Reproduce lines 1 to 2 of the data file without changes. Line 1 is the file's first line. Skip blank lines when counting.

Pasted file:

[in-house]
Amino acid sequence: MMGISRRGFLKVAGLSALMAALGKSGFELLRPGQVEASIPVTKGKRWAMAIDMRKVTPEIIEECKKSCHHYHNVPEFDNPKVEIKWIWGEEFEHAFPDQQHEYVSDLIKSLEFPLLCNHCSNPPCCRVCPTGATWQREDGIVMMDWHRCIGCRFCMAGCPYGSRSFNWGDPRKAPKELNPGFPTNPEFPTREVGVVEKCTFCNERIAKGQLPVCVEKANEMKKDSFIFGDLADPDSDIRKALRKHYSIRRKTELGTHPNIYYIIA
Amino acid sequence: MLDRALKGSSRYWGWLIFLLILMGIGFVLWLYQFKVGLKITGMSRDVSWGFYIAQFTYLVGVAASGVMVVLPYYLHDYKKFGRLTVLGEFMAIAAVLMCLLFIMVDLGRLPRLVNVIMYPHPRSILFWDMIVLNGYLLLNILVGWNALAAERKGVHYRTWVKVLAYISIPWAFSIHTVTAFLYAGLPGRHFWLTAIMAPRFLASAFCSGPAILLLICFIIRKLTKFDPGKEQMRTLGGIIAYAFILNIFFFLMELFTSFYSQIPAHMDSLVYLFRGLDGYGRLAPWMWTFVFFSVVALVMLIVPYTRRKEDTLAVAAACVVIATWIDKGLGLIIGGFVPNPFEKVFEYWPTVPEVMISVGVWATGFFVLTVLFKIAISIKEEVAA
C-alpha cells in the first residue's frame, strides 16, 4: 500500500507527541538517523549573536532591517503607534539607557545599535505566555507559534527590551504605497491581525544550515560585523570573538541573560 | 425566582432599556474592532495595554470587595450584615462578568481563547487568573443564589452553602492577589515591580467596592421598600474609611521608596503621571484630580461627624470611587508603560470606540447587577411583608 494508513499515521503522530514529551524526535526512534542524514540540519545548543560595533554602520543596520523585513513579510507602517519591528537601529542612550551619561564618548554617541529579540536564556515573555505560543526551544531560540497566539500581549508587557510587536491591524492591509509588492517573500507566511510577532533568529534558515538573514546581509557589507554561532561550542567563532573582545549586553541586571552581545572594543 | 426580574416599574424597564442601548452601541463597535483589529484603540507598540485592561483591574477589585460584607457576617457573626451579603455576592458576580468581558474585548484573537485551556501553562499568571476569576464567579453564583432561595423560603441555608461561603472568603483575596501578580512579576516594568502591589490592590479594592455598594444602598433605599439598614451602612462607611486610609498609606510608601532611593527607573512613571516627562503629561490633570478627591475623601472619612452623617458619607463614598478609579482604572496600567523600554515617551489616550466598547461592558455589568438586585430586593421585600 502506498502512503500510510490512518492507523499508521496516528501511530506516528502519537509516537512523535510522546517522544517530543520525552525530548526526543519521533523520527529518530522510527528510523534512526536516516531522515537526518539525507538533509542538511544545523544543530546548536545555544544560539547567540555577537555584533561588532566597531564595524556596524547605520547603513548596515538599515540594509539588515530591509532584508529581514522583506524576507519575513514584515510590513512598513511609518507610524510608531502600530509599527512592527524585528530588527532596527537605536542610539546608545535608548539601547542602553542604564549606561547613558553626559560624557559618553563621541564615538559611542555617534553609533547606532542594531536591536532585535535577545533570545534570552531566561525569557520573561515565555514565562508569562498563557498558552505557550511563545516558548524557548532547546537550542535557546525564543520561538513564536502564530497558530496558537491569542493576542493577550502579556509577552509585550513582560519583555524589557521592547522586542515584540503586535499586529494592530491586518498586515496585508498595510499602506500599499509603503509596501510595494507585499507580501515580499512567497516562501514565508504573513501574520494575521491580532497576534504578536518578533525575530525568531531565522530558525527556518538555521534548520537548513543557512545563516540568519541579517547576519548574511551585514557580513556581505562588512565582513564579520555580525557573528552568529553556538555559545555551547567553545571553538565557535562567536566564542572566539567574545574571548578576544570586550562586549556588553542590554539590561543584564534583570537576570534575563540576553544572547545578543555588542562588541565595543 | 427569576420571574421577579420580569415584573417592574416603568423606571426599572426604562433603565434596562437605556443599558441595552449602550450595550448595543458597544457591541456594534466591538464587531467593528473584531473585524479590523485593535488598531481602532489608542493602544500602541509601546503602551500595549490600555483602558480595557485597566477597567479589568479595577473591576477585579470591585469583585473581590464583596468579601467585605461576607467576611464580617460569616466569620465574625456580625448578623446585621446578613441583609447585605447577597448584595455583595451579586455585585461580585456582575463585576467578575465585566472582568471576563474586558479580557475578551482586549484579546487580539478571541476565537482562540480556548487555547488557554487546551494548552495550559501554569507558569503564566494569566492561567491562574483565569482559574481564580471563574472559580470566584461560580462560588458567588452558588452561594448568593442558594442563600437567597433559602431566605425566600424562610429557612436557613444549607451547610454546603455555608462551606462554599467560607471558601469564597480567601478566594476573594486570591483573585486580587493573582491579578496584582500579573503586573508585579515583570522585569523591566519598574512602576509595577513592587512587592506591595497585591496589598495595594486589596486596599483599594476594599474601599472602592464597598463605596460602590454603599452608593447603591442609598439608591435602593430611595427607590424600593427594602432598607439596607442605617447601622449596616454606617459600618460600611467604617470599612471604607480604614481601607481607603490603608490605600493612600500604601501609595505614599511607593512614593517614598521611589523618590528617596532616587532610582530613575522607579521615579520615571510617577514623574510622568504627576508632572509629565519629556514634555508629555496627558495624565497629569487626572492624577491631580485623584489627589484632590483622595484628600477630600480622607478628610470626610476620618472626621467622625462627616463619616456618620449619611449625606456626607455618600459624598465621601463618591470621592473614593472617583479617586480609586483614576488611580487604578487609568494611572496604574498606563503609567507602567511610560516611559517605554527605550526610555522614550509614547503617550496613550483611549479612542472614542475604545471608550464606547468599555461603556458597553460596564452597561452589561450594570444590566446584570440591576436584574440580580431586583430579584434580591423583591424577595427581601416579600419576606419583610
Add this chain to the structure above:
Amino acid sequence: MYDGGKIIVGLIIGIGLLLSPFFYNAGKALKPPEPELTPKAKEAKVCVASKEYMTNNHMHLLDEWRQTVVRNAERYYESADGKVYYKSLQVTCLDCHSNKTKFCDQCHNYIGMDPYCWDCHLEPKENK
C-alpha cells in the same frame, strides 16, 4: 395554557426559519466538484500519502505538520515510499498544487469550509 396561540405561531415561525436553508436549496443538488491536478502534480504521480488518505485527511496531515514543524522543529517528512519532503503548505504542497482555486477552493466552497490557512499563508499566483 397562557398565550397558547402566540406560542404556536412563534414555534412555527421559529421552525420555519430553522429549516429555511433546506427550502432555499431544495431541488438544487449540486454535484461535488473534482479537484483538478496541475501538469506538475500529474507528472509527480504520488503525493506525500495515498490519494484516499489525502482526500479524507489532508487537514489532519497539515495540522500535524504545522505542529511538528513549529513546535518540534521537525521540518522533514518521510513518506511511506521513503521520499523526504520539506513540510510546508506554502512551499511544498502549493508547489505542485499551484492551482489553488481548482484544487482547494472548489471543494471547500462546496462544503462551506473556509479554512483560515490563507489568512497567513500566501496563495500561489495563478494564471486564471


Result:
[in-house]
Amino acid sequence: MMGISRRGFLKVAGLSALMAALGKSGFELLRPGQVEASIPVTKGKRWAMAIDMRKVTPEIIEECKKSCHHYHNVPEFDNPKVEIKWIWGEEFEHAFPDQQHEYVSDLIKSLEFPLLCNHCSNPPCCRVCPTGATWQREDGIVMMDWHRCIGCRFCMAGCPYGSRSFNWGDPRKAPKELNPGFPTNPEFPTREVGVVEKCTFCNERIAKGQLPVCVEKANEMKKDSFIFGDLADPDSDIRKALRKHYSIRRKTELGTHPNIYYIIA